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    \$\begingroup\$ We don't do that here, thats why i asked \$\endgroup\$ – asim Mar 28 at 21:31
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    \$\begingroup\$ OP explained that there is no earth in the system. The shock being experienced may be due to Y-capacitors in the power supplies and this is a problem on many 2-pin PSUs whether or not an earth connection is available and whether or not the neutral is truly neutralised. Even on a proper supply the Y-caps will tend to pull the "isolated" output to half the AC supply voltage. \$\endgroup\$ – Transistor Mar 28 at 21:34
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    \$\begingroup\$ Read the OP's last paragraph edit. It sounds like Y-cap to me. I get the same thing on an Ikea lamp with SMPS power supply on a 230 V, L+N+E system in my house. The PSU earth pin is not connected (as IKEA would sell this in 2-pin variety for most of Europe but Ireland uses UK-style 13A plug so they just leave the earth pin disconnected). \$\endgroup\$ – Transistor Mar 28 at 22:05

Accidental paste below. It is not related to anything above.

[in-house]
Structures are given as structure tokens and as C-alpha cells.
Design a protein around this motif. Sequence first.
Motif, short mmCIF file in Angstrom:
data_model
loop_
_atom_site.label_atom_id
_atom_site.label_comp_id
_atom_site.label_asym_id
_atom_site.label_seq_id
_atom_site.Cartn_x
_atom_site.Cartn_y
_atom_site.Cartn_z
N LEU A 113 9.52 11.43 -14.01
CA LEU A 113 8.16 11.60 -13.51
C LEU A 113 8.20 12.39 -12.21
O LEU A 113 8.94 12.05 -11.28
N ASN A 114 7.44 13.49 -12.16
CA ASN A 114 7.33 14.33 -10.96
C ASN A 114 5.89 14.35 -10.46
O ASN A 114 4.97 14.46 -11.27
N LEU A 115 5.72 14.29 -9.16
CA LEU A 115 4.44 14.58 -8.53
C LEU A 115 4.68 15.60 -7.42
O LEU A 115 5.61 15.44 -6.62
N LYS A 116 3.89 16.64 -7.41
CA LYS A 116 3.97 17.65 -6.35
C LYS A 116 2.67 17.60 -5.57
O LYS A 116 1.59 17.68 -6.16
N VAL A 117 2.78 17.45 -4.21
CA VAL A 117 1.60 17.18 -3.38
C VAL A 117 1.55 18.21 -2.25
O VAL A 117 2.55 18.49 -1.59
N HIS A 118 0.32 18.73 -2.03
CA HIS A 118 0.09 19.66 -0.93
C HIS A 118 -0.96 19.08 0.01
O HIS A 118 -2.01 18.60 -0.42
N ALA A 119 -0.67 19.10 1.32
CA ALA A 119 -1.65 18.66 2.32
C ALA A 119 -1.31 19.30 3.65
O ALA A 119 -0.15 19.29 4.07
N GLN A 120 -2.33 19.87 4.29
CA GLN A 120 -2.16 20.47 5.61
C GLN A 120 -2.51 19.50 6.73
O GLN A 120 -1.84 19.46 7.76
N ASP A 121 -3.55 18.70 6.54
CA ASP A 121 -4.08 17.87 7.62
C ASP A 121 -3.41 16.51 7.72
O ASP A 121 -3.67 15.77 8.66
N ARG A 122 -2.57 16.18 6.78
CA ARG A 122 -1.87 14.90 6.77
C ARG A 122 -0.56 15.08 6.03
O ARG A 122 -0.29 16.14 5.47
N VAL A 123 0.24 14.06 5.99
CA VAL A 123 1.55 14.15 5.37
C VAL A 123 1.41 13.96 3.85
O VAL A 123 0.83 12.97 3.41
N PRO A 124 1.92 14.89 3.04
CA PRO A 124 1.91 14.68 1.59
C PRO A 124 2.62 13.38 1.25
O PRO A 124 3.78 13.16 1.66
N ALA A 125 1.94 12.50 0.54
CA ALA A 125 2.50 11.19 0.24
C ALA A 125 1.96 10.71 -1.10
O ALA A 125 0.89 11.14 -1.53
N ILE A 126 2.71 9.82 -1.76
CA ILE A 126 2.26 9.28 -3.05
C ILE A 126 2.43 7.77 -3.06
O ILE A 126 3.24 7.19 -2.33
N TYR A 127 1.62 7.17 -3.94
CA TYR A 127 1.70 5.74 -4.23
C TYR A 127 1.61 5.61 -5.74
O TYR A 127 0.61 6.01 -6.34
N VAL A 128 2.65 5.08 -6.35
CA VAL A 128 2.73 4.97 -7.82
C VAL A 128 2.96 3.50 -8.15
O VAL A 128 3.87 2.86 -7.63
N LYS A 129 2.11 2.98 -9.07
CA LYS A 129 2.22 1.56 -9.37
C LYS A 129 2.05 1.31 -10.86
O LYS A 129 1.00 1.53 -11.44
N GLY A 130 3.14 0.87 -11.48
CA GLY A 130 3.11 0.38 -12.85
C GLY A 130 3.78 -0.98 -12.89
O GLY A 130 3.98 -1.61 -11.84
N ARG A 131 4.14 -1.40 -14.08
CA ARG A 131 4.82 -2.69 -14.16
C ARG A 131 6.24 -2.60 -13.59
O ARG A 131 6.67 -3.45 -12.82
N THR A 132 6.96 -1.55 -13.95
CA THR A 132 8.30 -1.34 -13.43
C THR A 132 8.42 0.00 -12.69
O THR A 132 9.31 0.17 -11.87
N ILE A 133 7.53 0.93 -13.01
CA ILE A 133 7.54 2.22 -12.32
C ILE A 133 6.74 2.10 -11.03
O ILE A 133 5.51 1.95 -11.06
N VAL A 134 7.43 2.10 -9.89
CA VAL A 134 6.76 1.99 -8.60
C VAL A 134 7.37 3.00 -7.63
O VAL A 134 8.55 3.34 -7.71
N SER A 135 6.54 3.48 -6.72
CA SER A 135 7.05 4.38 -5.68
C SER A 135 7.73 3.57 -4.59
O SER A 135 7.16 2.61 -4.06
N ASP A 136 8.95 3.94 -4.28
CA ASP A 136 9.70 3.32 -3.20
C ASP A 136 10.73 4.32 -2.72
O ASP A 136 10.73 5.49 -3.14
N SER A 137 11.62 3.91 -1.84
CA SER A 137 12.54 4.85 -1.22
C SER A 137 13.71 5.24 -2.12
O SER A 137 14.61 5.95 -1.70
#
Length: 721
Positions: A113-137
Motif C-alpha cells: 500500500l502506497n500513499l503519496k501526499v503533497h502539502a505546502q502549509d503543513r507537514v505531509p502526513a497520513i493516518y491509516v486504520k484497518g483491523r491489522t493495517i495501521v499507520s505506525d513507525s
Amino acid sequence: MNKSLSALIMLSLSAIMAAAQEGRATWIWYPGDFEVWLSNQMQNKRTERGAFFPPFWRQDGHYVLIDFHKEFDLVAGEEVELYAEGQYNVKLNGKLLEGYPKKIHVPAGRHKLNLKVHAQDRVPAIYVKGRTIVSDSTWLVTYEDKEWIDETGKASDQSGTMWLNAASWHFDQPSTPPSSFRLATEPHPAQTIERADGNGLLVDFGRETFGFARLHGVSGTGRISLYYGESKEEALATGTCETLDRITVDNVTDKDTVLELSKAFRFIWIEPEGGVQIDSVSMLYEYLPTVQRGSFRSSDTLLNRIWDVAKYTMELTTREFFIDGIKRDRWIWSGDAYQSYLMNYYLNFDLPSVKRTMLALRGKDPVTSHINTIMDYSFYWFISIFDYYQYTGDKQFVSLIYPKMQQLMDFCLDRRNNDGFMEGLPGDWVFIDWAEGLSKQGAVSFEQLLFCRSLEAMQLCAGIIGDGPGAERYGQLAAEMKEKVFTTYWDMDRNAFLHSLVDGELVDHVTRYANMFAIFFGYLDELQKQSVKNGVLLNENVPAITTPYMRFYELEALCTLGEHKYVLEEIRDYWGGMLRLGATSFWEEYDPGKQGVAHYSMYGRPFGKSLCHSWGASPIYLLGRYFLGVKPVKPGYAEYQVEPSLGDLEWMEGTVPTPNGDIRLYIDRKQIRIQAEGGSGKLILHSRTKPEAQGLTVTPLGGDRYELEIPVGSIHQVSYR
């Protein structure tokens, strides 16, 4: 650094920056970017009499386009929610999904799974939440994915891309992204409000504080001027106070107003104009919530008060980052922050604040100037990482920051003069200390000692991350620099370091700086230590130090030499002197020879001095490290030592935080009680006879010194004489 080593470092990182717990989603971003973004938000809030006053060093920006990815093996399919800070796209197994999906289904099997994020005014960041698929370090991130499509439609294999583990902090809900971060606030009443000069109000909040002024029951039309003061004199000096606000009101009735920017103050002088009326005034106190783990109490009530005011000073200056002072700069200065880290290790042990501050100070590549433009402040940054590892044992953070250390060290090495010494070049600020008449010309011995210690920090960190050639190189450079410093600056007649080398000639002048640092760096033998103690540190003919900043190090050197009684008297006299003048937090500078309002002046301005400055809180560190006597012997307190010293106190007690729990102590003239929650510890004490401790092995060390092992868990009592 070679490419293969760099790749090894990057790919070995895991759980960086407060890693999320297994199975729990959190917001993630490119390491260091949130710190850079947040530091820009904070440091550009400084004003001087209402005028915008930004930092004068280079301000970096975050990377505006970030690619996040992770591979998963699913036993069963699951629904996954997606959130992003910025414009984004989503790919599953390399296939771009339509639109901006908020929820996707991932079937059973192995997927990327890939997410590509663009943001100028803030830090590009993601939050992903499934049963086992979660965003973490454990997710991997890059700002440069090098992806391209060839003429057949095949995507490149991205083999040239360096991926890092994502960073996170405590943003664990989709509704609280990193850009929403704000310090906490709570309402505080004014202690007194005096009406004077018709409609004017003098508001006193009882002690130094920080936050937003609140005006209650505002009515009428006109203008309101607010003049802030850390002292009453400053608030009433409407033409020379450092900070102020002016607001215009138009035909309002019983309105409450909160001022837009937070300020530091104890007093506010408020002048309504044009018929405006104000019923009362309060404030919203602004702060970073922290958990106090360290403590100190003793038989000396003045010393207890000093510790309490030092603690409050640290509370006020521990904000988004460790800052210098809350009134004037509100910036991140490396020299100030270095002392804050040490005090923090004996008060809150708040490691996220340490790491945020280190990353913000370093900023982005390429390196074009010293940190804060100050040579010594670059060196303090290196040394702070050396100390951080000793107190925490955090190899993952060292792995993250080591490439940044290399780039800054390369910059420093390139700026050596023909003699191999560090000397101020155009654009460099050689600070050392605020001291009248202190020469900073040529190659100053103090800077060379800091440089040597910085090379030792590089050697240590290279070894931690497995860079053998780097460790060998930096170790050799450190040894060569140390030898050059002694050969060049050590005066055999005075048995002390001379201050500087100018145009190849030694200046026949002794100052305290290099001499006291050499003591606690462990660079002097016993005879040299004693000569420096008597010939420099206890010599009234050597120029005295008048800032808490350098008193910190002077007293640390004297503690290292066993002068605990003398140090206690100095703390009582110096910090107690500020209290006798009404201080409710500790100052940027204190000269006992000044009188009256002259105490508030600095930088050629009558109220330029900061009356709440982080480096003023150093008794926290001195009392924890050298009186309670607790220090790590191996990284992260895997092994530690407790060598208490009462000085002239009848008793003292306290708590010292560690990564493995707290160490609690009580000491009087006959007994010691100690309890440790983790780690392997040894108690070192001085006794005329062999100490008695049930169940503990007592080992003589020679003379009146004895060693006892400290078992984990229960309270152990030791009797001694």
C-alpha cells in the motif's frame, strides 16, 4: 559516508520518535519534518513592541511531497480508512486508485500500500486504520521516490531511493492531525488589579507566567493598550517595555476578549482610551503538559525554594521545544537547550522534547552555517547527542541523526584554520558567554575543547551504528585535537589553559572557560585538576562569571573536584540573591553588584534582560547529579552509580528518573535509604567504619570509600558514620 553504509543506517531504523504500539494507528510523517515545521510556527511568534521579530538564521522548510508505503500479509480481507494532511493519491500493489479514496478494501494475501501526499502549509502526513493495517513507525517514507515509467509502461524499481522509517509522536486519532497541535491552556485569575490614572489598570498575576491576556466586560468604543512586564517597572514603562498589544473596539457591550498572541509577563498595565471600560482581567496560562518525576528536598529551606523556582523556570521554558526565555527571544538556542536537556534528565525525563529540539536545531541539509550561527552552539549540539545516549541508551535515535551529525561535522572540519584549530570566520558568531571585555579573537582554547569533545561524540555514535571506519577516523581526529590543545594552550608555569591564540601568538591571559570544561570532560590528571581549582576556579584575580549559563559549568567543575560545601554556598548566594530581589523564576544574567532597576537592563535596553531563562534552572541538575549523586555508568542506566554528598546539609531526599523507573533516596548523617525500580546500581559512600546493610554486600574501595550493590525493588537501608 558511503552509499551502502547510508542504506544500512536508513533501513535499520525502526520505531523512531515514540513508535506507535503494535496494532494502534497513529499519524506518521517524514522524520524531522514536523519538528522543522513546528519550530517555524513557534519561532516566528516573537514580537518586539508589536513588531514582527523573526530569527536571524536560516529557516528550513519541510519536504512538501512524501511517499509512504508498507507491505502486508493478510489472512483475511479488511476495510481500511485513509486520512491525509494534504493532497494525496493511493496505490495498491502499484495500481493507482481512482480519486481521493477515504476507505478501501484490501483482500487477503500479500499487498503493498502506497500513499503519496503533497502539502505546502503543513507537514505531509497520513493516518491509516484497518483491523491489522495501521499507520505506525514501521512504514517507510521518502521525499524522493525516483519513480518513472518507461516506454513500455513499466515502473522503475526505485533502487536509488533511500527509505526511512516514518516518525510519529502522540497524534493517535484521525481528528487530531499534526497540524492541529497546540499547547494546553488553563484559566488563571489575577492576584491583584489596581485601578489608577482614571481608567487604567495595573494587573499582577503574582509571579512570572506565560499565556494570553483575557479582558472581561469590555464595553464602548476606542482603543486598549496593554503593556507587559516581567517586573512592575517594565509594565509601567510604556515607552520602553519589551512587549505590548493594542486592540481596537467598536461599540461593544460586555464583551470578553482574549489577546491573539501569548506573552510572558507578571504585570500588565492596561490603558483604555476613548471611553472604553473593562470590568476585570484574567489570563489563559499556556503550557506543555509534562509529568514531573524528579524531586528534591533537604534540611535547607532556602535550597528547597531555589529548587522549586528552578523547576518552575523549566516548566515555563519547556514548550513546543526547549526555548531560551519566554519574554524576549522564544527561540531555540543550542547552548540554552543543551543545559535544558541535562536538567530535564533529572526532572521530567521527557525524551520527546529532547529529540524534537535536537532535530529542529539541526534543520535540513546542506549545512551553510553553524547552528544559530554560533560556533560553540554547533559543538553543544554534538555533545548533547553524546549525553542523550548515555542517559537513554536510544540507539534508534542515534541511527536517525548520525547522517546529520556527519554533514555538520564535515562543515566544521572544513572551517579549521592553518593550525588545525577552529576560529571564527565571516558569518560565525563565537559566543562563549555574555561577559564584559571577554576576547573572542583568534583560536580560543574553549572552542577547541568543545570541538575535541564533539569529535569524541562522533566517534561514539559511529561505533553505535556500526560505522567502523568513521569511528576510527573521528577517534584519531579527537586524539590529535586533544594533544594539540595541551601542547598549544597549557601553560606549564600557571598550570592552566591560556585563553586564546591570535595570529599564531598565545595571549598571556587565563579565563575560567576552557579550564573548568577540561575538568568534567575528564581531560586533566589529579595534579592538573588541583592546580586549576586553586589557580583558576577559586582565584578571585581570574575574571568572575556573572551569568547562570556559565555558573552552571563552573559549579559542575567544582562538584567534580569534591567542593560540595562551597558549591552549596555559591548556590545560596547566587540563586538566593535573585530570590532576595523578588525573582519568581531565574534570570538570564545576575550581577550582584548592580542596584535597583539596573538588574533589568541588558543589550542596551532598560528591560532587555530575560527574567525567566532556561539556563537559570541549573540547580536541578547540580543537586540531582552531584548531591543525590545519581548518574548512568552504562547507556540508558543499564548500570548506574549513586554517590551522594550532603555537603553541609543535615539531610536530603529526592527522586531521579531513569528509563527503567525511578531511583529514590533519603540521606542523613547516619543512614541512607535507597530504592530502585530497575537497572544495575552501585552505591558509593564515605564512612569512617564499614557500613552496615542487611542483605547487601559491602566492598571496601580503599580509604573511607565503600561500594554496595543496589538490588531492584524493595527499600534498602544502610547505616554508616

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    \$\begingroup\$ In any case, @asim should arrange an earth line (either by doing it himself or asking a professional if he can't), for his own safety, Make sure the wall sockets have an earth connection, meaning that there are 3 wire coming to the socket, if not pull a yellow-green wire from the closest earth terminal to the socket. If the socket has no earth connection, change the socket. \$\endgroup\$ – Fredled Mar 28 at 22:10
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    \$\begingroup\$ I did the whole wiring myself @justme, no one here have earth wires they don't exist \$\endgroup\$ – asim Mar 29 at 8:19